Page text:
A trailer has been released for the upcoming film Mowgli, promoting it as the “darkest telling” of Rudyard Kipling’s The Jungle Book ever put to film.

Originally published in 1894, the story, about a human boy named Mowgli who was raised by wolves in the jungles of India, has been put to film several times. Most famously it was adapted by Disney, first as an animated movie in 1967, and then remade in live-action and CGI in 2016. Those versions are by the far the ones most familiar to the popular consciousness, but are also very loose adaptations with a much more lighthearted tone than the source material.

Enter Andy Serkis, famous for his motion-capture CGI, who wanted to make a more faithful telling. The fact that it is rated PG-13 is one sign that this will be a less family-friendly film, and the images from the trailer help reinforce that, with a general use of darker colors and a rougher appearance on the CGI animals; the man-eating tiger Shere Khan (Benedict Cumberbatch), for example, has numerous scars, as well as the crippled front paw that he sported in the book.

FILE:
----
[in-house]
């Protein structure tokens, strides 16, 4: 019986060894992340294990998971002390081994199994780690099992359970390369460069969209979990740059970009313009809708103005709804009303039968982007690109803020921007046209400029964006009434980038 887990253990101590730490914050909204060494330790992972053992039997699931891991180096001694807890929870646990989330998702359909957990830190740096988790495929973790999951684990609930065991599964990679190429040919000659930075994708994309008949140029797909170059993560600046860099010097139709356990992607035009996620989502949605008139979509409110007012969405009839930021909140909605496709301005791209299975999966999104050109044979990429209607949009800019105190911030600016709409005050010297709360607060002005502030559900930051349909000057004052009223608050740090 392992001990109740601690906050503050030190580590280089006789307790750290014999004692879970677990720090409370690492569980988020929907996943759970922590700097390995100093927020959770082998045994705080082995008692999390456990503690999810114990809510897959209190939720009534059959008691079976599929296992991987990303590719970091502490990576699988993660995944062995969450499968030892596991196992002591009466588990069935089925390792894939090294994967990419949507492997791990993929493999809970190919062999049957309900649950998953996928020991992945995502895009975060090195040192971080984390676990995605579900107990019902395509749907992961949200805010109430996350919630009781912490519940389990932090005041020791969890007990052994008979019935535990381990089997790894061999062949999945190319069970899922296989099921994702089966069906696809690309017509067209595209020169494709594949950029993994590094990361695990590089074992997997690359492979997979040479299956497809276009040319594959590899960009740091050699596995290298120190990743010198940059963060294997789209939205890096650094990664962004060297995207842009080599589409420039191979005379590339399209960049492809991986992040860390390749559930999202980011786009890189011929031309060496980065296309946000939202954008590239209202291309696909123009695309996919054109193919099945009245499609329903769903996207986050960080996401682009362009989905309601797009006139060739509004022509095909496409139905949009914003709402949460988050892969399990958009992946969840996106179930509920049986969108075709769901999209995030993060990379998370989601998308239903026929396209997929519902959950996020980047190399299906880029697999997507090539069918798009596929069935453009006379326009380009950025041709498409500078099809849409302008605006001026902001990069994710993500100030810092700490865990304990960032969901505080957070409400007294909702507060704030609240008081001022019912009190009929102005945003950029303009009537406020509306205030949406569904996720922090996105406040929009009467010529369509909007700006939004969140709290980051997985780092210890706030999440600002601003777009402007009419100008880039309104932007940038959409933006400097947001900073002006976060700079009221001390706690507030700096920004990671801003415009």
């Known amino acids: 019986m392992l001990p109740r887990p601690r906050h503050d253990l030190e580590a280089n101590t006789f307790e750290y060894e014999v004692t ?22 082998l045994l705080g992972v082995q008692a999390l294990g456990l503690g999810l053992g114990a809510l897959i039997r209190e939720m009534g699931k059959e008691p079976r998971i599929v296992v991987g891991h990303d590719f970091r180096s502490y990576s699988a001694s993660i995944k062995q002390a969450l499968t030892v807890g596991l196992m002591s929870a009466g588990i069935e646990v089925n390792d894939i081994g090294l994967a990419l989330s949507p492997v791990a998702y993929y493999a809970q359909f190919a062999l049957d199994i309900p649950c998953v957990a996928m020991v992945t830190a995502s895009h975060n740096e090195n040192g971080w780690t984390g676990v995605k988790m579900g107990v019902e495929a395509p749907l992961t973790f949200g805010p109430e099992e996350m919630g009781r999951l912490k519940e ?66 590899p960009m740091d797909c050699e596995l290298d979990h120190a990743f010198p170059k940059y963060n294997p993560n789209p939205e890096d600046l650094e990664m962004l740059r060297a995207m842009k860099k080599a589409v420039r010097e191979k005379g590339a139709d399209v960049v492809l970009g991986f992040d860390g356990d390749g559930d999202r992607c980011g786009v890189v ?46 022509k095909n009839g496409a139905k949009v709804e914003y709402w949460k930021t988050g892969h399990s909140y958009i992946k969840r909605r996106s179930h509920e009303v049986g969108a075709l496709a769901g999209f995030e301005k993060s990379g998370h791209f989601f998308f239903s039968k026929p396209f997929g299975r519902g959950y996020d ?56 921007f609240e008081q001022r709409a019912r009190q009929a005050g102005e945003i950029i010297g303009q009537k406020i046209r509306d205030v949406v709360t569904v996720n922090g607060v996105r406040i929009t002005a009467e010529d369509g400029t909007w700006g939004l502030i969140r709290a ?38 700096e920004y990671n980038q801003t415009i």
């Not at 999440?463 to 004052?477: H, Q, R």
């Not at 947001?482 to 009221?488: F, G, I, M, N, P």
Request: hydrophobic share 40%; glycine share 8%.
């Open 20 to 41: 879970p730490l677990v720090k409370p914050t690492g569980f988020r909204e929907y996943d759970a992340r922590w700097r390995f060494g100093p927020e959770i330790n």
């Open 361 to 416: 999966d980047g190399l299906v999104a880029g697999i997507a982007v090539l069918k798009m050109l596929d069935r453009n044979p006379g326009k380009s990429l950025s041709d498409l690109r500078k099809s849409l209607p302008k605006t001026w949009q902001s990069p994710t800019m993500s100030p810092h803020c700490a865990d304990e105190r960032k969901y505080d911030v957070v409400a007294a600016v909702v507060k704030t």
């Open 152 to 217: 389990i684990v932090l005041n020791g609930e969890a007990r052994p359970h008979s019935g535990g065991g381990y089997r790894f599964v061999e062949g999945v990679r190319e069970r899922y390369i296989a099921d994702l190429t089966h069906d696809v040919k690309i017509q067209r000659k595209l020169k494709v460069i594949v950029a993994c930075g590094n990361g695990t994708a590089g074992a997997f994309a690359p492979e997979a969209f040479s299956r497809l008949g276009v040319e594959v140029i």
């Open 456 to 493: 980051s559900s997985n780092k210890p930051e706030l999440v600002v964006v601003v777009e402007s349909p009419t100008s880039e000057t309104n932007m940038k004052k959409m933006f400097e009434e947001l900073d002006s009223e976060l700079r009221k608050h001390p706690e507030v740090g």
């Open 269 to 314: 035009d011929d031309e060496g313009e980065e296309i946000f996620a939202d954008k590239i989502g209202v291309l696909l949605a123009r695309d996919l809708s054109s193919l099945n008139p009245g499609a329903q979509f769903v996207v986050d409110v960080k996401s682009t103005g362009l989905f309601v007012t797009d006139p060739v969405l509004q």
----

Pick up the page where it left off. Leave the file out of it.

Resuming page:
The trailer also shows scenes of Mowgli, played here by Rohan Chand, kept in a cage at some points; in others, there are discussions about whether he should be considered a man or an animal, with Mowgli himself at one point saying that he is neither. This implies a greater focus on his sense of identity than in other versions of this story.

Other parts include the bear Baloo, played by Serkis himself, and the panther Bagheera, played by Christian Bale; both serve as mentors for Mowgli. His adoptive wolf mother, Nashi, will be played by Naomie Harris, while the snake Kaa, in an unusual move, will be changed into a female played by Cate Blanchett. “She” is seen at the end of the trailer and comes off as rather threatening, though she may turn out to be Mowgli’s ally, as in the book.

This movie will be rather different than the 2016 Disney film, but the basic stories are the same; will that hinder audience interest? The darker tone may also prove a problem, because, even if this version is closer to the original novel, fans may simply see it as a “darker and grittier” take on what they consider a lighthearted story.